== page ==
My wife and I recently concluded a two-year home design and construction odyssey and finally moved into our new home. We found the process to be exciting, exhausting, frustrating and nerve-wracking, but the end result to be immensely satisfying. As you might guess, among my responsibilities in this project was figuring out what to do about our new home's data, phone and multimedia distribution.
You would think such a task would be simple for someone who has gotten into the guts of so many home networking products over the years, and in some respects it was. But as I planned and researched the project, I ran into a few areas where answers weren't readily available (or at least not in a form that I could quickly absorb). And sometimes knowing more about a subject and having geek personality traits complicates the decision-making process - a phenomenon that I'm sure many readers (or at least their spouses) can identify with.
But in the end, I got the job done, came up with some less expensive alternatives to some of the pre-packaged home wiring products available, and even had some fun in the process.
The key to designing a successful home network is being clear on what you want the network to do. For this series, the term "network" doesn't refer only to getting your computers hooked up to each other and the Internet, but instead to a system used for the distribution of communications and electronic entertainment services around a home. These services will most likely be some combination of web-related activities, watching video, listing to music, gaming and voice-based communications in a mix of analog and digital forms.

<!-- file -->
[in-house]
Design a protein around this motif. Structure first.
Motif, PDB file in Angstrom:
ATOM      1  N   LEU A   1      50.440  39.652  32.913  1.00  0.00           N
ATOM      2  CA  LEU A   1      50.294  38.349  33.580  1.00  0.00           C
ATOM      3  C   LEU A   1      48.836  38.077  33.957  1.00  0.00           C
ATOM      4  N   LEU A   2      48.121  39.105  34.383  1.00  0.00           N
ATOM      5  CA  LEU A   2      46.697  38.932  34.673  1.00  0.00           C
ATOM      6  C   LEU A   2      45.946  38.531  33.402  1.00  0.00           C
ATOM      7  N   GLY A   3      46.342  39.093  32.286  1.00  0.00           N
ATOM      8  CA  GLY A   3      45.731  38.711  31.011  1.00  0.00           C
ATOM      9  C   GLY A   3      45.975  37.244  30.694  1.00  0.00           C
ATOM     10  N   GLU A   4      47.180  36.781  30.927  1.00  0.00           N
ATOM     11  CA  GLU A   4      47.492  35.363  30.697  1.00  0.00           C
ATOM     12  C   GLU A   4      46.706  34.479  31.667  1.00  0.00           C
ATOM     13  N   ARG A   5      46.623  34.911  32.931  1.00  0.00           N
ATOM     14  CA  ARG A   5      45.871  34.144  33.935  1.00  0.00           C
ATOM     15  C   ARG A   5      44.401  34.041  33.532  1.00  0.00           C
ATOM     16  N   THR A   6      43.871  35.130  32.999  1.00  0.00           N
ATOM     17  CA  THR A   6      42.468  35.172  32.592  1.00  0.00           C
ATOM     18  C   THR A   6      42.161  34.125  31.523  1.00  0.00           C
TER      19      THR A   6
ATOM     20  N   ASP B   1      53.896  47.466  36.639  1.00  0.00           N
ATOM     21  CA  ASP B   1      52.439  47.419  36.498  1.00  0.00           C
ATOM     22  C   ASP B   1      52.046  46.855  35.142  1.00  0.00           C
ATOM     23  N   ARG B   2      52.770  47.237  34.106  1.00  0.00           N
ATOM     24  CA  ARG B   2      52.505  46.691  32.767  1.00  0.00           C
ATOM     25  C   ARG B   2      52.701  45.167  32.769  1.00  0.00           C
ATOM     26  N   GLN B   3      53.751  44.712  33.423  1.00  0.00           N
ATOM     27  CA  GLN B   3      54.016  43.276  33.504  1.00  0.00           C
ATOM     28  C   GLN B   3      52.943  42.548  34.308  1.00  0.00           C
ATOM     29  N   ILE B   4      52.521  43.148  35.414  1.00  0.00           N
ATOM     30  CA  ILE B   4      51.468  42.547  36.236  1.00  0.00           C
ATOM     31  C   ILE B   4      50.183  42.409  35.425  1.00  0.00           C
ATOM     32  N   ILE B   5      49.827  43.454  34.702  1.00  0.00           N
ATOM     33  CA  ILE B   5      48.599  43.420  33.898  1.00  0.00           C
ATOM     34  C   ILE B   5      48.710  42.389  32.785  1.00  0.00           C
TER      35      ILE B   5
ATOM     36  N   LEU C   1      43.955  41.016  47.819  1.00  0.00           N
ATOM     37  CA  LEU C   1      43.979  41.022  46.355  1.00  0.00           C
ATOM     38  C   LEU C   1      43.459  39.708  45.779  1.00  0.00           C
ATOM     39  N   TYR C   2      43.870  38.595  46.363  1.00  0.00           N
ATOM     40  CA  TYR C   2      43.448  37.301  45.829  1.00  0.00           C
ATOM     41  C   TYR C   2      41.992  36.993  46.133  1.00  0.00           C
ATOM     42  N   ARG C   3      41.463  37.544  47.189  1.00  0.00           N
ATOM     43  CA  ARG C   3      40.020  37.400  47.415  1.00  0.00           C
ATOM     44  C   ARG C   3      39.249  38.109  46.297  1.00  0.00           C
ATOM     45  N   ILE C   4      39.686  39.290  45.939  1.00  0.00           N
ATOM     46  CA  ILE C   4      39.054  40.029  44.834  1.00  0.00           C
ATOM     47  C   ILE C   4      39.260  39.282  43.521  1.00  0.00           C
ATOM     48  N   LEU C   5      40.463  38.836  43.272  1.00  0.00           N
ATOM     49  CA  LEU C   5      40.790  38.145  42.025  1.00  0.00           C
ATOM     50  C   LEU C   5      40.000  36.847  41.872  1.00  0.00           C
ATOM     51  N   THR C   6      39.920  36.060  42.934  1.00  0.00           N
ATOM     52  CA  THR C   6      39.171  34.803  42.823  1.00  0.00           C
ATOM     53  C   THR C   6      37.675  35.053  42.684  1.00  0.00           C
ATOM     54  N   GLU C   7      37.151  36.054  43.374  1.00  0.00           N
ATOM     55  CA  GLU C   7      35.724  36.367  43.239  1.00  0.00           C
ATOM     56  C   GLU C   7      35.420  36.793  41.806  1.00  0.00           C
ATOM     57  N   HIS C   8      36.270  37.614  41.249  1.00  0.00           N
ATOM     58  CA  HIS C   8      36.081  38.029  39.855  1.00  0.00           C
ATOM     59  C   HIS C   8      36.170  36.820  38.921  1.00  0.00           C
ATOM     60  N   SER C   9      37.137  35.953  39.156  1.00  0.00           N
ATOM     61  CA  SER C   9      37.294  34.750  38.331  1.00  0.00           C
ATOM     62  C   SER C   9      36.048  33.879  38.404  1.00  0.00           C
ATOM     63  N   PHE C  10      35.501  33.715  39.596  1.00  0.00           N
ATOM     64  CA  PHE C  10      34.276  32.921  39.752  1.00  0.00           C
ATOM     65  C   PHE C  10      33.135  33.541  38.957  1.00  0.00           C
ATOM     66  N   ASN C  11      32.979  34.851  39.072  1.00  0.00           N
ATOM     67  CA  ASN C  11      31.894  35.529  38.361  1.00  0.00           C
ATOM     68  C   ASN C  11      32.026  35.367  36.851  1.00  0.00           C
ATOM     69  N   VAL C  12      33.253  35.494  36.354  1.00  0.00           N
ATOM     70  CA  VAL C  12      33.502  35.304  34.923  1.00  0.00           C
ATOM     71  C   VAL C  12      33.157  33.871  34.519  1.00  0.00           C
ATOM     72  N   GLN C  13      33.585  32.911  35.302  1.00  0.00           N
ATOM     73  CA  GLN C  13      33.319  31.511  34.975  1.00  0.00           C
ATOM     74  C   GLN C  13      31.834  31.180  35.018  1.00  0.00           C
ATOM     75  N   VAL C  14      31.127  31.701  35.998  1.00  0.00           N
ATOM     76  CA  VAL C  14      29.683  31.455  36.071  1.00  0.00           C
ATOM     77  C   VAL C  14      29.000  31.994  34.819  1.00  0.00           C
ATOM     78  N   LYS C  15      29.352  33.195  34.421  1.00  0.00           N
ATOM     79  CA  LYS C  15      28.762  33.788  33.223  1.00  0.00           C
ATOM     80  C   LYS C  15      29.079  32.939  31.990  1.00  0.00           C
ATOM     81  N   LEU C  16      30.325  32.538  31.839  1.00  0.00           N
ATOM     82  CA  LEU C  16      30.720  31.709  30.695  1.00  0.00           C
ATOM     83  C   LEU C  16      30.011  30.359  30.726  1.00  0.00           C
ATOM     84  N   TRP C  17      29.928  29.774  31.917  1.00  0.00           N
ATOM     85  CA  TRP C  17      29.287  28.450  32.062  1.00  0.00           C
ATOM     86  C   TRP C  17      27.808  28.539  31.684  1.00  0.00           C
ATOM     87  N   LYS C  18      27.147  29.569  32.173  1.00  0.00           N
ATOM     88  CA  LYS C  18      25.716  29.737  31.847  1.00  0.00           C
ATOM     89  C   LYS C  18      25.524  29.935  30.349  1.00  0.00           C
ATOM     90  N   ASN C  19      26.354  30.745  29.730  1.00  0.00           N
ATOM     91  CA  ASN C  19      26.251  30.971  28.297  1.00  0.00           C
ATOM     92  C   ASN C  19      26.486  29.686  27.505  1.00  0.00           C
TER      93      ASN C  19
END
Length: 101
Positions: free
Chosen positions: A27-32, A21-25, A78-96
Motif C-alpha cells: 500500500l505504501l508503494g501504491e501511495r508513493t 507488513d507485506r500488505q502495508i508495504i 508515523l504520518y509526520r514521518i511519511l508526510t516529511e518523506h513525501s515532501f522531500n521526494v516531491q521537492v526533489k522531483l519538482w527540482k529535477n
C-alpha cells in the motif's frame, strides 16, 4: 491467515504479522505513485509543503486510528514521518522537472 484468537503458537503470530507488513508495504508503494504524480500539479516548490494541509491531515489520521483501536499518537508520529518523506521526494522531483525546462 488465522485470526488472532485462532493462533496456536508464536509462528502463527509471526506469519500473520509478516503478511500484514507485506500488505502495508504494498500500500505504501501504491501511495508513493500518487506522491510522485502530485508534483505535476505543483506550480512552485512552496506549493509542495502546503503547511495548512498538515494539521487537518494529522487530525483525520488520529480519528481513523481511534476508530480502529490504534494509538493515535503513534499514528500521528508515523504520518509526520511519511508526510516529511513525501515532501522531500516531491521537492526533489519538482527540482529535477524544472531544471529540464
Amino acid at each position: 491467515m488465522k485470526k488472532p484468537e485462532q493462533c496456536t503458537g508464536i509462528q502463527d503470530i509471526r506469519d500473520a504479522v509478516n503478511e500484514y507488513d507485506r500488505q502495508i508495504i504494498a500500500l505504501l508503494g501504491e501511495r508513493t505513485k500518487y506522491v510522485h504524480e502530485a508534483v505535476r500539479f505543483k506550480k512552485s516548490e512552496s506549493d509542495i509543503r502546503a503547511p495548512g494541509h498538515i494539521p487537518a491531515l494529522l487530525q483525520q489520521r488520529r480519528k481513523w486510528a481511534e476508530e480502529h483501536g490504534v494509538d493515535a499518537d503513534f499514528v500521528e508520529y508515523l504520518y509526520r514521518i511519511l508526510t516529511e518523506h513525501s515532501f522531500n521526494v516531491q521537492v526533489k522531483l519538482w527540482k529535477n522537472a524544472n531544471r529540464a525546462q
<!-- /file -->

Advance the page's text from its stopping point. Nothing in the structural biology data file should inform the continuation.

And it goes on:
Note "Home automation", i.e. lighting and HVAC control and security, were not on my "to do" list. That's not to say that the system I came up with can't handle some of these functions, but they were not considered to be primary functions that had to be supported.
That first category - web-related activities - is somewhat misleading because it can encompass any or all of the other listed activities, either in a primary or secondary role. For example, you might plan on using a combination of cellular service and VoIP for your phone needs and get your TV service from your local phone company. Or you might opt to buy a phone line from your local telco for home use, but use Skype or another VoIP service instead of buying a additional lines from the telco for your home-based business. What used to be a fairly limited set of choices for services and service providers is continuing to morph into what can be a bewildering array of options.